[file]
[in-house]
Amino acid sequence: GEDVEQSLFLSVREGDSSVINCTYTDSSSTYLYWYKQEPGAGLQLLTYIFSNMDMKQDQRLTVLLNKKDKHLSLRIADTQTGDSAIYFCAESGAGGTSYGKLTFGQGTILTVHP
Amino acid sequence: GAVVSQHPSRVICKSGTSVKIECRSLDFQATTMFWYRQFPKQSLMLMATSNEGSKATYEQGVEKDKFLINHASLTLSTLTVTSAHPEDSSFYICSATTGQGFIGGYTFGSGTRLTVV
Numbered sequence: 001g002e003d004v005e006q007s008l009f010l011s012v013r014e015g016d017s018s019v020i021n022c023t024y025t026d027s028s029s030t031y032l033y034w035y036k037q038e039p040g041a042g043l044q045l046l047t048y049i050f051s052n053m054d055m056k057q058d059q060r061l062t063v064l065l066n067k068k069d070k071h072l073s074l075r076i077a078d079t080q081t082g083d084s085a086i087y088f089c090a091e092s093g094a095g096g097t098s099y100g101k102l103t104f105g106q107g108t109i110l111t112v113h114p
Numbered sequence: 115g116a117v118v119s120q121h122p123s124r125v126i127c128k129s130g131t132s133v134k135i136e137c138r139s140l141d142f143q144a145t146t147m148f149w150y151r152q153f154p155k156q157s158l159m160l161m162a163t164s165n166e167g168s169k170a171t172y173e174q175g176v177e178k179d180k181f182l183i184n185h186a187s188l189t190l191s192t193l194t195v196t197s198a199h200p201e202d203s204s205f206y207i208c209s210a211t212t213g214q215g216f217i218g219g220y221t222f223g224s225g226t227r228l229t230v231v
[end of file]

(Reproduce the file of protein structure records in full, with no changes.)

[in-house]
Amino acid sequence: GEDVEQSLFLSVREGDSSVINCTYTDSSSTYLYWYKQEPGAGLQLLTYIFSNMDMKQDQRLTVLLNKKDKHLSLRIADTQTGDSAIYFCAESGAGGTSYGKLTFGQGTILTVHP
Amino acid sequence: GAVVSQHPSRVICKSGTSVKIECRSLDFQATTMFWYRQFPKQSLMLMATSNEGSKATYEQGVEKDKFLINHASLTLSTLTVTSAHPEDSSFYICSATTGQGFIGGYTFGSGTRLTVV
Numbered sequence: 001g002e003d004v005e006q007s008l009f010l011s012v013r014e015g016d017s018s019v020i021n022c023t024y025t026d027s028s029s030t031y032l033y034w035y036k037q038e039p040g041a042g043l044q045l046l047t048y049i050f051s052n053m054d055m056k057q058d059q060r061l062t063v064l065l066n067k068k069d070k071h072l073s074l075r076i077a078d079t080q081t082g083d084s085a086i087y088f089c090a091e092s093g094a095g096g097t098s099y100g101k102l103t104f105g106q107g108t109i110l111t112v113h114p
Numbered sequence: 115g116a117v118v119s120q121h122p123s124r125v126i127c128k129s130g131t132s133v134k135i136e137c138r139s140l141d142f143q144a145t146t147m148f149w150y151r152q153f154p155k156q157s158l159m160l161m162a163t164s165n166e167g168s169k170a171t172y173e174q175g176v177e178k179d180k181f182l183i184n185h186a187s188l189t190l191s192t193l194t195v196t197s198a199h200p201e202d203s204s205f206y207i208c209s210a211t212t213g214q215g216f217i218g219g220y221t222f223g224s225g226t227r228l229t230v231v